2. Alternatively, if time is short, we create demos on hard disks and shipped them out.
3. We also tried creating demos in a virtual machine and either ship it or host it on an FTP site for download.

With method (1), there is a lot of duplication of work as each engineer in every country will spend time setting up the demo which consists of hardware, operating system, application and sample data. With method (2), it is slightly more productive because we create the demo once and clone it across 5-10 hard disks and ship them out. However, it is not cost-effective due to the need to purchase hard disk and courier charges... for the next iterative demo, we need the field engineers to ship the hard disk back for updates, and then shipping them off again...

With virtualization as described in method (3), we are able to create portable demos across a variety of hardware (laptop to servers). We overcome the time consuming & duplication of work in (1) and the resource & shipping costs in (2). The only challenge is the network download bandwidth available in different countries.

SUSE Studio is the next step in productivity in this direction, here are the key advantages:
a) We create/design the demo workload (software appliance) within a web browser! There are a decent amount of templates, online repositories with latest versions of software and Web 2.0 wizards that progressively advises you on software version compatibility and related hints.

b) We can simultaneously target different output formats (ie VMware, VirtualBox, Xen, Disk Image/USB key and live CD/DVD iso), all generated online on someone else's infrastructure. sengihnampakgigi

c) We can "testdrive" the generated demo online via a web browser and eliminate the need to download the images until we are happy with our creation.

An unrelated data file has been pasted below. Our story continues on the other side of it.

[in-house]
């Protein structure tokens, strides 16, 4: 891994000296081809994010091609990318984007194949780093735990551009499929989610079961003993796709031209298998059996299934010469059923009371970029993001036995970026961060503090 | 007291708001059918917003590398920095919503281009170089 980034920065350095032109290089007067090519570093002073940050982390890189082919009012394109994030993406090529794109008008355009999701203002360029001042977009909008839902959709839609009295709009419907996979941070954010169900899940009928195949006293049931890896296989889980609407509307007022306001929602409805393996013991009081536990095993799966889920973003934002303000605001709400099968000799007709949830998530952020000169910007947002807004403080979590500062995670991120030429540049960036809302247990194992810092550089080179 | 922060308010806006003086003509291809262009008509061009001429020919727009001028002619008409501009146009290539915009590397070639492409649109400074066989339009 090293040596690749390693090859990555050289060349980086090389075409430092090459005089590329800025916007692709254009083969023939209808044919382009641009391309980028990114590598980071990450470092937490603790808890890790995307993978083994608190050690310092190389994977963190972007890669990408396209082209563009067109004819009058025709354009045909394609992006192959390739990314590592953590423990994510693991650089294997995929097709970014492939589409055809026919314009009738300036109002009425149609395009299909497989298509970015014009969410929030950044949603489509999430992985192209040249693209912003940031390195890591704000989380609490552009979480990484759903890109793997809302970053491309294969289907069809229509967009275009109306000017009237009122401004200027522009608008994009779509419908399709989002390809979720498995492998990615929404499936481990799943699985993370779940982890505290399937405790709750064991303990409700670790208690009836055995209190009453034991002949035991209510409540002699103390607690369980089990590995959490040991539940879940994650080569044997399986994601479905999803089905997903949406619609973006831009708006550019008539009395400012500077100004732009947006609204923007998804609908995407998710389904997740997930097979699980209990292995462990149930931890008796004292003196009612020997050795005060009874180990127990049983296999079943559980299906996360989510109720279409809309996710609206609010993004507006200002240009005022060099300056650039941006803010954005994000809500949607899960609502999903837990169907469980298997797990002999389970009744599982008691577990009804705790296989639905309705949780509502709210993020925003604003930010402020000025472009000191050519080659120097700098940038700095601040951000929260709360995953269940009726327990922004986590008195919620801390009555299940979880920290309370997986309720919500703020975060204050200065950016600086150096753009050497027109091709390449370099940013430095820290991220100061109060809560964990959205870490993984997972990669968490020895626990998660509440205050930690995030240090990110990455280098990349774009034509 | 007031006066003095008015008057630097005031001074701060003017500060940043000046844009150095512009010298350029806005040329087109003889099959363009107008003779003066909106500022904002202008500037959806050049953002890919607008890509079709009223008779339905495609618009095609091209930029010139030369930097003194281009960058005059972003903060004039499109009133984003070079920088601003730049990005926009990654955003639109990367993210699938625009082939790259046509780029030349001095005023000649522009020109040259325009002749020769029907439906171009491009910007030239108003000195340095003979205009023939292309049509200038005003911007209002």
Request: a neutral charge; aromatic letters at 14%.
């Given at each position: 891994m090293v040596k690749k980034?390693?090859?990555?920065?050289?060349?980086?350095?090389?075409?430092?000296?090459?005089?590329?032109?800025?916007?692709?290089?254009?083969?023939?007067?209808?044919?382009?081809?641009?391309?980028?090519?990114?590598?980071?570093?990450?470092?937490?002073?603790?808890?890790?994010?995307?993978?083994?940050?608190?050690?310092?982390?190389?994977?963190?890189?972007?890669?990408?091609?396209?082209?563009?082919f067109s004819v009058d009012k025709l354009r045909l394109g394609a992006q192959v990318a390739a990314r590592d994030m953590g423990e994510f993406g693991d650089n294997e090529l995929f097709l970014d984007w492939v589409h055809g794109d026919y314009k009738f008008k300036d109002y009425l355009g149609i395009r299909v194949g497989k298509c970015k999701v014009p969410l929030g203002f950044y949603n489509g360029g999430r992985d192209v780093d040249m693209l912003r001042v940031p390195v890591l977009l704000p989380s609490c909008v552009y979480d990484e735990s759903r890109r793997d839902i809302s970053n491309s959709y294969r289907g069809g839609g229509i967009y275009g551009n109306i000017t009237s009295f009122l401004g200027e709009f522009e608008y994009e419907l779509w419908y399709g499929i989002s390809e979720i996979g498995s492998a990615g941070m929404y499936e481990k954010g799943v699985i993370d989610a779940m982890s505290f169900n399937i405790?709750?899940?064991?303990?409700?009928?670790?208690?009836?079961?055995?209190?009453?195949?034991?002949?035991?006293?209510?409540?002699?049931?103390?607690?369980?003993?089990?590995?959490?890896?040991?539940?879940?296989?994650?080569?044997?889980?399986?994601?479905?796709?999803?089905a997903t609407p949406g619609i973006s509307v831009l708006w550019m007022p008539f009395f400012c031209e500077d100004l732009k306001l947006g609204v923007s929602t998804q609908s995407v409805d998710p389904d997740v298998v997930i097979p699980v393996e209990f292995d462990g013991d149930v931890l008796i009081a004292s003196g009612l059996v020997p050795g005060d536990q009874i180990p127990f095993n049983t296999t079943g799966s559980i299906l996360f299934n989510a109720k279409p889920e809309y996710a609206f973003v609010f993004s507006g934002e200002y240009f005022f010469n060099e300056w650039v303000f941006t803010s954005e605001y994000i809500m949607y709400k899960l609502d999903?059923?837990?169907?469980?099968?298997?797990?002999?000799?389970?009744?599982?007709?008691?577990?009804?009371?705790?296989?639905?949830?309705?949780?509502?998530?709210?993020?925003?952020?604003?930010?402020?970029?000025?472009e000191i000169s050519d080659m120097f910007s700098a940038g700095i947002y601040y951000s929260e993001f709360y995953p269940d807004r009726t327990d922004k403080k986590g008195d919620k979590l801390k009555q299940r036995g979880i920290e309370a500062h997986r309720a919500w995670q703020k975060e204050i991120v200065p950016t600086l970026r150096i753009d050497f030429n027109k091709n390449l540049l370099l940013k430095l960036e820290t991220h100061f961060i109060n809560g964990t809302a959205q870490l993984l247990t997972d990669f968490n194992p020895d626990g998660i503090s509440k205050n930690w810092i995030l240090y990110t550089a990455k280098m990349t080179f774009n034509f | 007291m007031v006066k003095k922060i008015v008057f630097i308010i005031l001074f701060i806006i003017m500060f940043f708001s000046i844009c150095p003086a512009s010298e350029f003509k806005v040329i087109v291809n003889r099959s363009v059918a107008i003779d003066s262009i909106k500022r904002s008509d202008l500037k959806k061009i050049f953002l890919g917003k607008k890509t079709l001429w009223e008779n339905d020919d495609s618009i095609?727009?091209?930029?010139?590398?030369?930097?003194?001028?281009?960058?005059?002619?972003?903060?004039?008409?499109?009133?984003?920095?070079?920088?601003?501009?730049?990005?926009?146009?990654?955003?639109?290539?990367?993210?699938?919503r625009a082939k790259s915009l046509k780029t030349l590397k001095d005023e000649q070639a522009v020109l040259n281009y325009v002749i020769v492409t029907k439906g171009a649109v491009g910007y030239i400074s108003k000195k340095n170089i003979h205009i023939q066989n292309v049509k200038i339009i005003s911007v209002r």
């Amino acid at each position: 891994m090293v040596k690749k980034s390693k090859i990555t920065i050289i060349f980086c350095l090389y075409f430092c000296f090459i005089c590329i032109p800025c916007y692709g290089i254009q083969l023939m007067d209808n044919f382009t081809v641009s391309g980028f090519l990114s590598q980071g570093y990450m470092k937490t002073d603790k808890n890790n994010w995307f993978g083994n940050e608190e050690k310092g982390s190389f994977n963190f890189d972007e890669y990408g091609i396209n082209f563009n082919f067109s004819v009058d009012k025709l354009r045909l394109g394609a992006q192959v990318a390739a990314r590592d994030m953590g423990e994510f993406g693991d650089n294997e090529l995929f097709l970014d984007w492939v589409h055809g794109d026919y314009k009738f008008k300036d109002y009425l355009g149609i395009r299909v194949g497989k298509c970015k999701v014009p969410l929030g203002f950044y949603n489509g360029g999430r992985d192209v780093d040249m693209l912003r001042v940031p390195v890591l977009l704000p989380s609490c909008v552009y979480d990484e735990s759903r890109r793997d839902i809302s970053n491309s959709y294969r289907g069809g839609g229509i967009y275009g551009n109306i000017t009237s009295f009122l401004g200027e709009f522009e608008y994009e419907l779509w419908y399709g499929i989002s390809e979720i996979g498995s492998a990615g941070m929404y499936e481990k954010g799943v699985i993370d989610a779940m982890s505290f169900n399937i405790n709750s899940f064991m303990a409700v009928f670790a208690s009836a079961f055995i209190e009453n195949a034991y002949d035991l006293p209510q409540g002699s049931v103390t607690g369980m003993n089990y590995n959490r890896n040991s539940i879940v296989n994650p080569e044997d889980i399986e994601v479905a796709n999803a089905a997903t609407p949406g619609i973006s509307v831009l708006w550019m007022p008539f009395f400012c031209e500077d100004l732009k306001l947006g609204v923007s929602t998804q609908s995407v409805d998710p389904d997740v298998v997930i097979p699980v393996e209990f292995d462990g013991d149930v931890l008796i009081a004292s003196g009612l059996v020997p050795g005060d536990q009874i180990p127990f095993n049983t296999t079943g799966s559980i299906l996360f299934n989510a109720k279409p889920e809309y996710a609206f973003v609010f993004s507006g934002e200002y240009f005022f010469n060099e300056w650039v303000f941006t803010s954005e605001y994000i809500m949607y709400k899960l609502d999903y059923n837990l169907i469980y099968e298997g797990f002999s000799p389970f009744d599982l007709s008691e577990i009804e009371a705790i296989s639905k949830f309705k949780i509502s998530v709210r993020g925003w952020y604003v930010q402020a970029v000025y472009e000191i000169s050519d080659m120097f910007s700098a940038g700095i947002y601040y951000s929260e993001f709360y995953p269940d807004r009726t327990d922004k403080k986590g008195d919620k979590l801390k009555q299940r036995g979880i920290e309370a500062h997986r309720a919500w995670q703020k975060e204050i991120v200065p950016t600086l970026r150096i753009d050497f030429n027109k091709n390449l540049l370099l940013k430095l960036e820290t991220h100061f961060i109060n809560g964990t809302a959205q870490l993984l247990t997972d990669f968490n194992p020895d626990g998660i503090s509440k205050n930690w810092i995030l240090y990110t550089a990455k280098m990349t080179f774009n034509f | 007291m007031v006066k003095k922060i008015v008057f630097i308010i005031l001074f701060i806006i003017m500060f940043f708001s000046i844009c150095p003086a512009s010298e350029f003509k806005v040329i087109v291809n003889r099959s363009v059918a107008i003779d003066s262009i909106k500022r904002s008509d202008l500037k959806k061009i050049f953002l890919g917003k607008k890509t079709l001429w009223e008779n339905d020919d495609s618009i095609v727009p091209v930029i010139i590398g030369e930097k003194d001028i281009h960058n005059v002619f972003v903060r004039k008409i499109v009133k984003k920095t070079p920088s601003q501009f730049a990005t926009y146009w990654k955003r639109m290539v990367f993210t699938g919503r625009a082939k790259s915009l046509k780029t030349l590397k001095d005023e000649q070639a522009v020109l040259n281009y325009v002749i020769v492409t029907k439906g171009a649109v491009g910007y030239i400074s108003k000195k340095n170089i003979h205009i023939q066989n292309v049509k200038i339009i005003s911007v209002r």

d) We can share these demos (software appliance) to a wider audience*

I do not need the constant availability of powerful machines with virtualization capabilities and loads of hard disk space for creating many different demos with even more snapshots. As long as I got a web browser and Internet access, I can use SUSE Studio to create new demos or improve on existing ones. Once I reach a milestone in my demo, I version it and make the link to download the image available to our engineers.

For (d), while not officially available at this time, I am fortunate to be eligible to beta-test the "marketplace" feature where you can share your appliance to all members (beta testers) of SUSE Studio. I can browse or search for software appliances, try them out, clone their configuration as a base template for additional work/customizations, rate them (5 star system) etc.

All these little things add up in improving productivity and giving me more time to engage my brain for creativity in designing the next iteration or new demo.

That is why SUSE Studio is so Addictive for me. peace

PS: For ISVs who signed up with Novell for the SUSE Appliance Toolkit, you get to deploy an enhanced SUSE Studio onsite, thus having a software appliance workbench service in your private network, I mean, Cloud. encem